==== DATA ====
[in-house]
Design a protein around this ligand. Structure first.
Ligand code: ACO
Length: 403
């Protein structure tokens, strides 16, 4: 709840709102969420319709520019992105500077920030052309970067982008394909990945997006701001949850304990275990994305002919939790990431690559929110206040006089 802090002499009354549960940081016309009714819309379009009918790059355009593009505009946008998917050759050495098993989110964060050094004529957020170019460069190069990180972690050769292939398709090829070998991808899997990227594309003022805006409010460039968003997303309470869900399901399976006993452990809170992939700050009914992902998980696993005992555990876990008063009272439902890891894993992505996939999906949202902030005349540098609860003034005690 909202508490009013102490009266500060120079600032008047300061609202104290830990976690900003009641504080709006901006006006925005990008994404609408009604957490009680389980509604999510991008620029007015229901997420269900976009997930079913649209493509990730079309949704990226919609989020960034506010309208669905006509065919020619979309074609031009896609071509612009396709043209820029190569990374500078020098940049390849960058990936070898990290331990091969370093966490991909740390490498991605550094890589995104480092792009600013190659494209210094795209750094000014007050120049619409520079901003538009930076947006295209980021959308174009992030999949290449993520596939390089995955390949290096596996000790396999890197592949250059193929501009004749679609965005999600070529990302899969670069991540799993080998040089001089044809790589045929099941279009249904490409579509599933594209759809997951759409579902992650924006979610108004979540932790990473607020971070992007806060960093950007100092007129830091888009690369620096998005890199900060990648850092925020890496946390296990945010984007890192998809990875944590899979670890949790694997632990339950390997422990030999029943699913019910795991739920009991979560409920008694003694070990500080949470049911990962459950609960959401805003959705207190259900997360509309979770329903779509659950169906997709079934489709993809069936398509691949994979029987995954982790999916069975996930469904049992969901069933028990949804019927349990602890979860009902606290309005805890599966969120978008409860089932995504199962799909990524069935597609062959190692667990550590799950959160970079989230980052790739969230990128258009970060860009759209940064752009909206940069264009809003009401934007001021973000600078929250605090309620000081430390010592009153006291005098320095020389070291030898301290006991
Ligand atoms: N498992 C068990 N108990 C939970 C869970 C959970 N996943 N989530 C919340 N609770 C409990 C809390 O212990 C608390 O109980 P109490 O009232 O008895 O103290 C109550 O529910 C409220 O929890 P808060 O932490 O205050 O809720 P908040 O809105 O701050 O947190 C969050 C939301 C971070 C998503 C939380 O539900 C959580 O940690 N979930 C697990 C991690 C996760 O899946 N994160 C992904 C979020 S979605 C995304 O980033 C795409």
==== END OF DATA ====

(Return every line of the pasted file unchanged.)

[in-house]
Design a protein around this ligand. Structure first.
Ligand code: ACO
Length: 403
């Protein structure tokens, strides 16, 4: 709840709102969420319709520019992105500077920030052309970067982008394909990945997006701001949850304990275990994305002919939790990431690559929110206040006089 802090002499009354549960940081016309009714819309379009009918790059355009593009505009946008998917050759050495098993989110964060050094004529957020170019460069190069990180972690050769292939398709090829070998991808899997990227594309003022805006409010460039968003997303309470869900399901399976006993452990809170992939700050009914992902998980696993005992555990876990008063009272439902890891894993992505996939999906949202902030005349540098609860003034005690 909202508490009013102490009266500060120079600032008047300061609202104290830990976690900003009641504080709006901006006006925005990008994404609408009604957490009680389980509604999510991008620029007015229901997420269900976009997930079913649209493509990730079309949704990226919609989020960034506010309208669905006509065919020619979309074609031009896609071509612009396709043209820029190569990374500078020098940049390849960058990936070898990290331990091969370093966490991909740390490498991605550094890589995104480092792009600013190659494209210094795209750094000014007050120049619409520079901003538009930076947006295209980021959308174009992030999949290449993520596939390089995955390949290096596996000790396999890197592949250059193929501009004749679609965005999600070529990302899969670069991540799993080998040089001089044809790589045929099941279009249904490409579509599933594209759809997951759409579902992650924006979610108004979540932790990473607020971070992007806060960093950007100092007129830091888009690369620096998005890199900060990648850092925020890496946390296990945010984007890192998809990875944590899979670890949790694997632990339950390997422990030999029943699913019910795991739920009991979560409920008694003694070990500080949470049911990962459950609960959401805003959705207190259900997360509309979770329903779509659950169906997709079934489709993809069936398509691949994979029987995954982790999916069975996930469904049992969901069933028990949804019927349990602890979860009902606290309005805890599966969120978008409860089932995504199962799909990524069935597609062959190692667990550590799950959160970079989230980052790739969230990128258009970060860009759209940064752009909206940069264009809003009401934007001021973000600078929250605090309620000081430390010592009153006291005098320095020389070291030898301290006991
Ligand atoms: N498992 C068990 N108990 C939970 C869970 C959970 N996943 N989530 C919340 N609770 C409990 C809390 O212990 C608390 O109980 P109490 O009232 O008895 O103290 C109550 O529910 C409220 O929890 P808060 O932490 O205050 O809720 P908040 O809105 O701050 O947190 C969050 C939301 C971070 C998503 C939380 O539900 C959580 O940690 N979930 C697990 C991690 C996760 O899946 N994160 C992904 C979020 S979605 C995304 O980033 C795409």